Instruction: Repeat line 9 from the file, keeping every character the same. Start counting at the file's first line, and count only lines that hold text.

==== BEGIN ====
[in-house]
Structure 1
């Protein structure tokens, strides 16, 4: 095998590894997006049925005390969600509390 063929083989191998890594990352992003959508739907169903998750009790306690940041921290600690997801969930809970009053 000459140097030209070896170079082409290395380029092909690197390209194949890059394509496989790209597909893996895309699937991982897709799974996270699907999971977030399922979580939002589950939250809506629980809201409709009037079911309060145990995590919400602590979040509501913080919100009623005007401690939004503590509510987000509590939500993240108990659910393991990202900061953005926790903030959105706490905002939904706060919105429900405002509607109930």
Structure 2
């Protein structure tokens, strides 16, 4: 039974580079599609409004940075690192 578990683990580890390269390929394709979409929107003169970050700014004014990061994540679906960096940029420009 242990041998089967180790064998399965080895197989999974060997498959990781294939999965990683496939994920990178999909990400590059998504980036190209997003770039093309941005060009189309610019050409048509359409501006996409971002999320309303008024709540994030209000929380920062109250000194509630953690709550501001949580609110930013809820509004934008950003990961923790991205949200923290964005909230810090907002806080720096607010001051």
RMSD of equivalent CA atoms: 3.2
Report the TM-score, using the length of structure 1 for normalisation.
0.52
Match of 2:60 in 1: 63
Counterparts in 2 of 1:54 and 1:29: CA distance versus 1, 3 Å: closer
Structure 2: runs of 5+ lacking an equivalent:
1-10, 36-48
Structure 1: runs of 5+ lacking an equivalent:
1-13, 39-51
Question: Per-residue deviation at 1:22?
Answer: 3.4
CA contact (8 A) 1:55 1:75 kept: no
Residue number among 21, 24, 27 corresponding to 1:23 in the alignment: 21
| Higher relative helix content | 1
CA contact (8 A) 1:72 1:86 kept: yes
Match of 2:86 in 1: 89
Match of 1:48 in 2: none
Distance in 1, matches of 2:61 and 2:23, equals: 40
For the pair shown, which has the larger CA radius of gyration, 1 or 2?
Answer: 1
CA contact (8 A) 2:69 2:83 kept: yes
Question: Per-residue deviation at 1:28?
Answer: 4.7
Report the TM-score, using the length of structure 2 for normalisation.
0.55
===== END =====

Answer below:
Match of 2:60 in 1: 63